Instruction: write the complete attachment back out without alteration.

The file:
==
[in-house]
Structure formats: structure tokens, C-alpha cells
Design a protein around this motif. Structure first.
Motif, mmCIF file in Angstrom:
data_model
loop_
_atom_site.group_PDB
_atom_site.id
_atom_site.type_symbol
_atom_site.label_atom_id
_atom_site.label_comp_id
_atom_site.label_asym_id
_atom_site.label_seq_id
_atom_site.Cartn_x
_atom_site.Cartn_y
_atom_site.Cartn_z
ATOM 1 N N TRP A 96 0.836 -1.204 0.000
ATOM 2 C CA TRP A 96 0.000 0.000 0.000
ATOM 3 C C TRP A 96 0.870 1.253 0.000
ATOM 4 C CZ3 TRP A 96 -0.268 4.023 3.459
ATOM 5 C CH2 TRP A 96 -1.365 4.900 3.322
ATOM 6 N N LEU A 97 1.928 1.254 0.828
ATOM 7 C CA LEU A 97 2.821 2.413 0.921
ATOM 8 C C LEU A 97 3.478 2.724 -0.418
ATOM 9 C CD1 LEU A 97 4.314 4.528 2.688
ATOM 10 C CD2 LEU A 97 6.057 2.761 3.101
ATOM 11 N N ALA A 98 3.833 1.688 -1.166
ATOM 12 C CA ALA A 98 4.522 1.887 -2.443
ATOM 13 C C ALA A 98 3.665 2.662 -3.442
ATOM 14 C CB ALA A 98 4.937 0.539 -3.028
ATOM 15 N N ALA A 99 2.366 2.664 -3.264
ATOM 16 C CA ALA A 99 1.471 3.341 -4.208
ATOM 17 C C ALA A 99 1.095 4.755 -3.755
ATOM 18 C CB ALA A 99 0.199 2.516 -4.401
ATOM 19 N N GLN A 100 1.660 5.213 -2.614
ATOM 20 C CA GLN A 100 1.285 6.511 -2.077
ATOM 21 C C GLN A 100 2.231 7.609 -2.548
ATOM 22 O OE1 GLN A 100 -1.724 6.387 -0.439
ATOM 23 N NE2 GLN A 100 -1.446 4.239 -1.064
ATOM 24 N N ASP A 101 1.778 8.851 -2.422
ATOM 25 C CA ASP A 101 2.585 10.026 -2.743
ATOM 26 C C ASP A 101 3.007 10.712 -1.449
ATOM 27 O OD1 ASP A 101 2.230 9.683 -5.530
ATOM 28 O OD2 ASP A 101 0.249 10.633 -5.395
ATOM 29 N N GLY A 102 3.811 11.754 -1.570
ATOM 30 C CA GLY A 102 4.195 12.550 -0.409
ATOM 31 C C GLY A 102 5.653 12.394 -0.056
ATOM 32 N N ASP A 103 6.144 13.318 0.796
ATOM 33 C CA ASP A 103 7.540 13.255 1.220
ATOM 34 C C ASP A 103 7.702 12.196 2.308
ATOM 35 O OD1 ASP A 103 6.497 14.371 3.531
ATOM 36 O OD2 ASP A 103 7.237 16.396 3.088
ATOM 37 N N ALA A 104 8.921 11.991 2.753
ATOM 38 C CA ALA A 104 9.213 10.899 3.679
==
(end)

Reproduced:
[in-house]
Structure formats: structure tokens, C-alpha cells
Design a protein around this motif. Structure first.
Motif, mmCIF file in Angstrom:
data_model
loop_
_atom_site.group_PDB
_atom_site.id
_atom_site.type_symbol
_atom_site.label_atom_id
_atom_site.label_comp_id
_atom_site.label_asym_id
_atom_site.label_seq_id
_atom_site.Cartn_x
_atom_site.Cartn_y
_atom_site.Cartn_z
ATOM 1 N N TRP A 96 0.836 -1.204 0.000
ATOM 2 C CA TRP A 96 0.000 0.000 0.000
ATOM 3 C C TRP A 96 0.870 1.253 0.000
ATOM 4 C CZ3 TRP A 96 -0.268 4.023 3.459
ATOM 5 C CH2 TRP A 96 -1.365 4.900 3.322
ATOM 6 N N LEU A 97 1.928 1.254 0.828
ATOM 7 C CA LEU A 97 2.821 2.413 0.921
ATOM 8 C C LEU A 97 3.478 2.724 -0.418
ATOM 9 C CD1 LEU A 97 4.314 4.528 2.688
ATOM 10 C CD2 LEU A 97 6.057 2.761 3.101
ATOM 11 N N ALA A 98 3.833 1.688 -1.166
ATOM 12 C CA ALA A 98 4.522 1.887 -2.443
ATOM 13 C C ALA A 98 3.665 2.662 -3.442
ATOM 14 C CB ALA A 98 4.937 0.539 -3.028
ATOM 15 N N ALA A 99 2.366 2.664 -3.264
ATOM 16 C CA ALA A 99 1.471 3.341 -4.208
ATOM 17 C C ALA A 99 1.095 4.755 -3.755
ATOM 18 C CB ALA A 99 0.199 2.516 -4.401
ATOM 19 N N GLN A 100 1.660 5.213 -2.614
ATOM 20 C CA GLN A 100 1.285 6.511 -2.077
ATOM 21 C C GLN A 100 2.231 7.609 -2.548
ATOM 22 O OE1 GLN A 100 -1.724 6.387 -0.439
ATOM 23 N NE2 GLN A 100 -1.446 4.239 -1.064
ATOM 24 N N ASP A 101 1.778 8.851 -2.422
ATOM 25 C CA ASP A 101 2.585 10.026 -2.743
ATOM 26 C C ASP A 101 3.007 10.712 -1.449
ATOM 27 O OD1 ASP A 101 2.230 9.683 -5.530
ATOM 28 O OD2 ASP A 101 0.249 10.633 -5.395
ATOM 29 N N GLY A 102 3.811 11.754 -1.570
ATOM 30 C CA GLY A 102 4.195 12.550 -0.409
ATOM 31 C C GLY A 102 5.653 12.394 -0.056
ATOM 32 N N ASP A 103 6.144 13.318 0.796
ATOM 33 C CA ASP A 103 7.540 13.255 1.220
ATOM 34 C C ASP A 103 7.702 12.196 2.308
ATOM 35 O OD1 ASP A 103 6.497 14.371 3.531
ATOM 36 O OD2 ASP A 103 7.237 16.396 3.088
ATOM 37 N N ALA A 104 8.921 11.991 2.753
ATOM 38 C CA ALA A 104 9.213 10.899 3.679